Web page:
It was interesting for me to read, in Hegel’s promotional materials, that the H30 was primarily designed as a monoblock capable of outputting 1100W into 8 ohms. It’s not that its stereo mode, in which it’s claimed to deliver 350Wpc into 8 ohms, is an afterthought, but Hegel says you can use the H30 that way “if you are on a budget.” Of course, the main advantage of monoblocks is the extra power available for more dynamic headroom, but another is the fact that, in mono mode, the H30 has a fully balanced output stage, which is said to further reduce distortion.
The H30 includes the SoundEngine technology, as well as many differences in circuitry and build that, Hegel claims, differentiate it from the rest of their line in ways other than a higher power output: improved input and voltage-gain stages, hand-matched transistors, a “special combination of JFET and MOSFET transistors,” a more robust output stage comprising 56 ultralow-distortion bipolar transistors, and “the use of better parts throughout.”
Because the Hegel lingered in my listening room longer than normal due to a very long review queue, I had plenty of time to use it with a variety of preamplifiers: EMM Labs’ PRE2, Luxman’s C-900u, and Simaudio’s Moon Evolution 740P. All of them worked flawlessly with the H30. (Hegel also makes a matching preamplifier, the P30, but I didn’t have one here for review.) I also used the H30 to drive more and different speakers than I have with any other amplifier: Definitive Technology’s SuperTower Mythos ST-L, GoldenEar’s Triton One, KEF’s Reference 1, Revel’s Performa3 F206, and Sonus Faber’s Olympica III. Not only did the Hegel drive each pair effortlessly, it didn’t wince even when a speaker proved to be a slightly difficult load -- such as the Sonus Faber, whose nominal load of 4 ohms drops toward 3 ohms in the bass. With the H30 I was also able to drive every speaker pair at the highest volume level I needed to -- occasionally very loud -- without having the system run out of steam.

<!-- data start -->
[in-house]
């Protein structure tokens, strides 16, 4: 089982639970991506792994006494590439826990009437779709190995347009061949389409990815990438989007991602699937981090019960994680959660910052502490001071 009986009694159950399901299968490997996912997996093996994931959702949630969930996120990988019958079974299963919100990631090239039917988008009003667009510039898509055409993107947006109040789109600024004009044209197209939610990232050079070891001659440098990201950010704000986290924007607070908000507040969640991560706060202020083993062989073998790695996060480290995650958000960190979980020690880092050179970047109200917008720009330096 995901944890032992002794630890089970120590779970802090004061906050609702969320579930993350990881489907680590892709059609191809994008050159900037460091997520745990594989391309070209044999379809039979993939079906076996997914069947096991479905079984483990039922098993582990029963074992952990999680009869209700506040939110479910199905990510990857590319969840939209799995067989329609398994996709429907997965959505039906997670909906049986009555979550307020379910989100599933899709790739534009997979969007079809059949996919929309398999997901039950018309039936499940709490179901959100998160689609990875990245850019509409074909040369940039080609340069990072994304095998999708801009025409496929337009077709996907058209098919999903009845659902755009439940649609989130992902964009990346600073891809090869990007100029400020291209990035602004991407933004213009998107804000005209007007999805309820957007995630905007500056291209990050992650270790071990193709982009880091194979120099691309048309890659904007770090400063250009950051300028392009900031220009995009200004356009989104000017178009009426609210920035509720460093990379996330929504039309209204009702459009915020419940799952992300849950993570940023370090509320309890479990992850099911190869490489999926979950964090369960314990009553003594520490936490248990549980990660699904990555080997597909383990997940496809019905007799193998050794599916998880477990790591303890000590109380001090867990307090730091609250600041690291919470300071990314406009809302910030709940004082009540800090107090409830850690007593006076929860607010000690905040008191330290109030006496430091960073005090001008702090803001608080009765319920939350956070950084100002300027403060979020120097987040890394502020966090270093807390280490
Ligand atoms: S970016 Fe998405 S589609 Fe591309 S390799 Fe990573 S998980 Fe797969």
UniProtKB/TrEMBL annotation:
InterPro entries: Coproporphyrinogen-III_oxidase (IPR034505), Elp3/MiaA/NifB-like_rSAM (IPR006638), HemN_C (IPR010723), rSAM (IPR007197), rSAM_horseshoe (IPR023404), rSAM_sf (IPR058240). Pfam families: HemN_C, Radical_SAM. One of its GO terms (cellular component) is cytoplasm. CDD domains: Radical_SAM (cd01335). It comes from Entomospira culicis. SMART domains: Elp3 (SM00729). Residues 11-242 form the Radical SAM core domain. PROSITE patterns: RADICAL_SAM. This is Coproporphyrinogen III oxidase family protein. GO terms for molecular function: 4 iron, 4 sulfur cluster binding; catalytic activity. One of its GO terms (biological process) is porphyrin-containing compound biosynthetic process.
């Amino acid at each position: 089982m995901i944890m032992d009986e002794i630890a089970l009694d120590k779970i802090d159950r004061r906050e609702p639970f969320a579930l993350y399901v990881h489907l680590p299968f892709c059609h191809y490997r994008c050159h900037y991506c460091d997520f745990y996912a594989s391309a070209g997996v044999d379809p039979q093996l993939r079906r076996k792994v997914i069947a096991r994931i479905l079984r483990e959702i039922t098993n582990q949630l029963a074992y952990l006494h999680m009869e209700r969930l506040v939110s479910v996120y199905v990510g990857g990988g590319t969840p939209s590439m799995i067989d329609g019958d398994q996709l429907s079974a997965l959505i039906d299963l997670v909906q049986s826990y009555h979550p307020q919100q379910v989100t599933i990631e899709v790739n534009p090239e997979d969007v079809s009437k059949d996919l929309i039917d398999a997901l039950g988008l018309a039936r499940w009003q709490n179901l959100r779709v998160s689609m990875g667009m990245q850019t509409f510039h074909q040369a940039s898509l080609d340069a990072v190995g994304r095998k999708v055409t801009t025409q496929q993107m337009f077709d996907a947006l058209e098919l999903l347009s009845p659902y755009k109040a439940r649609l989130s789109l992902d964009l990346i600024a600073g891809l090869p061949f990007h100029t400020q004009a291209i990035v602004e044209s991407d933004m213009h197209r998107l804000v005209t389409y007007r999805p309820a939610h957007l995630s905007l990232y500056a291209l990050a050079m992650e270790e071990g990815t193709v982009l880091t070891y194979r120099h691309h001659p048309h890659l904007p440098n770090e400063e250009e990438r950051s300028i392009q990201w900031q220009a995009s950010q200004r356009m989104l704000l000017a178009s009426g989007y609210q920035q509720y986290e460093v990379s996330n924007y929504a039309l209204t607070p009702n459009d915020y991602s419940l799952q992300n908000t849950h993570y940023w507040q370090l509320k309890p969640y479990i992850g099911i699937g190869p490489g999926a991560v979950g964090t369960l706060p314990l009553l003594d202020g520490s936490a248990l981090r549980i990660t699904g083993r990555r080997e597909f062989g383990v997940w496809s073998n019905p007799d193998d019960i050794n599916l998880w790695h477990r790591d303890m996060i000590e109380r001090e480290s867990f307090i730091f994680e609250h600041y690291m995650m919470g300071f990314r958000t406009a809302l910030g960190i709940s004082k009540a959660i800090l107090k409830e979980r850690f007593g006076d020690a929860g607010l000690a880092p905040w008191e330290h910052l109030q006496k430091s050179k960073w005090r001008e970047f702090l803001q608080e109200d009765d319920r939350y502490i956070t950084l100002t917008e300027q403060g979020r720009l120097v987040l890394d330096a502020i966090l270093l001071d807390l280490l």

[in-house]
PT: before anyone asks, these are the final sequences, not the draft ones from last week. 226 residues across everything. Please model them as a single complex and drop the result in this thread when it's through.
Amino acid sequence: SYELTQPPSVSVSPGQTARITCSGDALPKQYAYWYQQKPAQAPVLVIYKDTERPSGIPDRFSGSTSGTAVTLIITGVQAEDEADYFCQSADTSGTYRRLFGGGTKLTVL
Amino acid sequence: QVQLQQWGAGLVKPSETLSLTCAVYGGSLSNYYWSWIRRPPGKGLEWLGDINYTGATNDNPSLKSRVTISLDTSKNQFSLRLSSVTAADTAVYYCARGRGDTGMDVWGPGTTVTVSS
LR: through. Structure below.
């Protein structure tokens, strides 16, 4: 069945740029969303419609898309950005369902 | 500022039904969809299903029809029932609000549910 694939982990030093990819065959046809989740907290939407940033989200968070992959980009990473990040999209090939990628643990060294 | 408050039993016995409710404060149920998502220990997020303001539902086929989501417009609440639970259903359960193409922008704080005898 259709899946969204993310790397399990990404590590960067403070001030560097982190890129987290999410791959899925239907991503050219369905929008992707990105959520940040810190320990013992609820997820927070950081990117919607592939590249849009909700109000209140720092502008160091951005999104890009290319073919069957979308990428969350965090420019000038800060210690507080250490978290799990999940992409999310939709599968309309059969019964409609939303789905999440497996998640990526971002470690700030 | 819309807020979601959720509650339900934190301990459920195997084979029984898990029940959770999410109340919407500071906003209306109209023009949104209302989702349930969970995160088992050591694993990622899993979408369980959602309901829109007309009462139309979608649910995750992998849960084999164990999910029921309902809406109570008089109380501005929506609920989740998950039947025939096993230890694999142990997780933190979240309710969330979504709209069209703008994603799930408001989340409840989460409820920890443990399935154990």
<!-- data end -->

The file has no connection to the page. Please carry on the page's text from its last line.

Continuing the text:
The H30’s control of the bass was excellent. It exerted a vise-like grip on the woofers of all of the speakers, including the Olympica IIIs, which are not only tougher to drive than the average, but can sound a bit overblown in the bass if the amp can’t keep a tight hold on the reins. In these regards, the H30 always worked ideally; I suspect that, for most listeners with “normal” speakers, a single H30 in stereo mode will provide plenty of power.
I also found the H30 to sound completely neutral, regardless of the speakers I used it with. I heard no colorations throughout the audioband, which isn’t surprising -- well-designed solid-state amplifiers inherently behave that way. It sounded exceptionally clean and clear from the bass through the highs.
But none of that is to say that, overall, the H30 sounded identical to the other good solid-state stereo amps I listened to during its stay here: Ayre Acoustics’ VX-5 ($8000), Luxman’s M-900u ($19,900), and Simaudio’s Moon Evolution 870A ($22,000), respectively rated to output 175, 150, and 300Wpc into 8 ohms. Obviously, these significantly different output capabilities will govern how loudly each can drive a given pair of speakers, but used well within their power limits, each brought something different to the sonic table.
Of the four, the Hegel H30 presented the boldest, most visceral sound, whether I was playing music at whisper-quiet, normal, or very loud levels. That seems to be a hallmark of the sound of Hegel amps -- the H80, which Roger Kanno reviewed, and I’d listened to before reviewing the H30, had a similar character. Hans Wetzel said the same of Hegel’s H300 integrated amplifier-DAC, which he reviewed and then purchased; in fact, the H300’s very immediate, upfront sound was one of the main reasons he liked it. I can easily see someone reacting similarly to the H30 -- the soundscapes it painted in my room were always vivid and incisive, pushing performers somewhat forward in the stage, but never so far forward or so in my face as to be objectionable. So when Lo-Fang’s extremely laid-back but thoroughly captivating cover of “You’re the One That I Want” (from Grease), from his Blue Film (16-bit/44.1kHz FLAC, 4AD), had so much life when I played it through the H30 . . . well, I was impressed.